There’s also excellent perch habitat in the northern basin. Check out the stretch between Tuttle Point and Clark Island, which offers shallow humps and a series of submerged bridges at 10- to 15-foot depths along the river channel.
Pymatuning puts out incredible numbers of perch, and PA Fish & Boat Commission Surveys in 2017, 2018, and 2019 showed increasing populations yearly. A total of 2,518 perch were netted in the most recent survey, ranging in size from 3 to 12 inches.
Perch numbers are arguably more impressive than sizes here, but lures like jigging spoons and blade baits help to select for bigger fish.
There’s also great ice fishing in January and February, with plenty of structure a reasonable walk from Pymatuning State Park.
One of Pennsylvania’s largest reservoirs, Lake Wallenpaupack is also almost certainly the best yellow perch lake in the eastern part of the state. Anglers catch incredible numbers of perch here, both through the ice and during the open water season.
It’s also an incredibly diverse fishery, with 60-foot depths that support striped bass and brown trout, as well as shallow cover that harbors black bass and muskellunge. Walleye are a favorite target here too, but perch are the most abundant game fish in Lake Wallenpaupack.
Perch roam Lake Wallenpaupack in vast schools, with most fish in the 8- to 10-inch range. Aside from the ice fishing season, April is the best month to target big perch in shallow water.
Perch spawn shortly after ice-out and are commonly caught in harbors and around boat docks and marinas. Smaller perch often remain in shallow water all summer, providing easy shore fishing options for kids and families.
Anglers catch the biggest perch, up to 14 inches, in 20 to 35 feet of water in winter or just above the thermocline in summer.
When the lake stratifies during the hotter months, look for places where the thermocline meets the bottom.
Some of the best areas to find perch include Martins Cove and around the lake’s various islands, including Kipp Island, Burns Island, and Epply Island.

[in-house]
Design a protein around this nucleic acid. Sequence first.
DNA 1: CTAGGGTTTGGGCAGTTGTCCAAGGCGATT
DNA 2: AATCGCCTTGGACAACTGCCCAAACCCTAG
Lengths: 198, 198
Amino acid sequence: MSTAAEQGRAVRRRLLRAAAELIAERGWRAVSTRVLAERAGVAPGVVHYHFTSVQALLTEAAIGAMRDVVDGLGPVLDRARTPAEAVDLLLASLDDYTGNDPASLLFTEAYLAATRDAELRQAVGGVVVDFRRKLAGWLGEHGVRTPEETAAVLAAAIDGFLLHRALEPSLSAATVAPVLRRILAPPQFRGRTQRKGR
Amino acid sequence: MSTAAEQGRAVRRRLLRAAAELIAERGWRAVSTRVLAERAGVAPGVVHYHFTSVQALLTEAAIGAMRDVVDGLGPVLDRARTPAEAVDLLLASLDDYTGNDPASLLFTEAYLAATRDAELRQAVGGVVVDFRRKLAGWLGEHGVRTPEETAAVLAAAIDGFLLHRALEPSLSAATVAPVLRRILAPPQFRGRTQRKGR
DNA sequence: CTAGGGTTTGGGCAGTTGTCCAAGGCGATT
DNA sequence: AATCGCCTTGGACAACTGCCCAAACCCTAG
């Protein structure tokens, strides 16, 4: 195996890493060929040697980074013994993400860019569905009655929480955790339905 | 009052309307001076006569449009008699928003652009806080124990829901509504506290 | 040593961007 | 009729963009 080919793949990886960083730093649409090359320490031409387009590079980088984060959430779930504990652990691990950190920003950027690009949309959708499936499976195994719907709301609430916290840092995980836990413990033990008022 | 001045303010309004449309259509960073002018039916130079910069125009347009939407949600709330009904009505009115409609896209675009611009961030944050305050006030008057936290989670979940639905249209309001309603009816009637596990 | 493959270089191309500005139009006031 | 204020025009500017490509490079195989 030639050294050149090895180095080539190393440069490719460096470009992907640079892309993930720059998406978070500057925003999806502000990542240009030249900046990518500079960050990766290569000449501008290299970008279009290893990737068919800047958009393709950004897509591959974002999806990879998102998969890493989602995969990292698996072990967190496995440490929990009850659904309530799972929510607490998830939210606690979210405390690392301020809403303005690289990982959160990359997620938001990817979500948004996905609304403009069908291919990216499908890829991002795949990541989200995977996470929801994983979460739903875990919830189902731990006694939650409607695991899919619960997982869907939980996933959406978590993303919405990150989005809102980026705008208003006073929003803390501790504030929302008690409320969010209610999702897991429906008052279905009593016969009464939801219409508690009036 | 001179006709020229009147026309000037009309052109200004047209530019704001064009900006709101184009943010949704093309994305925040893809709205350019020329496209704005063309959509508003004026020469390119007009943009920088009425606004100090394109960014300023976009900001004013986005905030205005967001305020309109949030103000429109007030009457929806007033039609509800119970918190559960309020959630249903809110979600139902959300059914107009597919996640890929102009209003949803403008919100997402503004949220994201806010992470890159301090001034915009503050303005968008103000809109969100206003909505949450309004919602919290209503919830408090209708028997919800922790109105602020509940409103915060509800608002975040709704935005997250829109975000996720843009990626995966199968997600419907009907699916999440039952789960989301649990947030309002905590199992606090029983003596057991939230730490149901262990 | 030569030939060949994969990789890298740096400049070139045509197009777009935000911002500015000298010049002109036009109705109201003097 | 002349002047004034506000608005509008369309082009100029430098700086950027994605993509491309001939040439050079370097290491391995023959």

Six Public Recreation Areas provide boat ramps, camping, and bank fishing around the lakeshore.
Rose Valley Lake
Spanning 389 acres just outside Williamsport in North-Central Pennsylvania, Rose Valley Lake is the largest lake in Lycoming County. In addition to an abundance of yellow perch, the PA Fish & Boat Commission manages the lake as a walleye and largemouth bass lake.
Perch inhabit the lake in good numbers and impressive sizes. Most of the perch caught here are between 9 and 11 inches, and some up to 14 inches are caught every year.
Perch are available year-round but anglers most enthusiastically target them after the lake freezes in winter.
Rose Valley Lake is a reservoir with moderately steep and fairly uniform drop-offs around the shoreline to a depth of around 10 feet. Most of the lake is a broad, featureless flat between 10 and 14 feet deep.
Numerous artificial fish habitat structures, including porcupine cribs, felled trees, and brush boxes have been placed in Rose Valley Lake and provide some of the best fishing spots. A map showing their locations is available here.
Three public boat ramps around the lakeshore offer launch facilities and bank fishing access. Only electric motors and unpowered craft are allowed.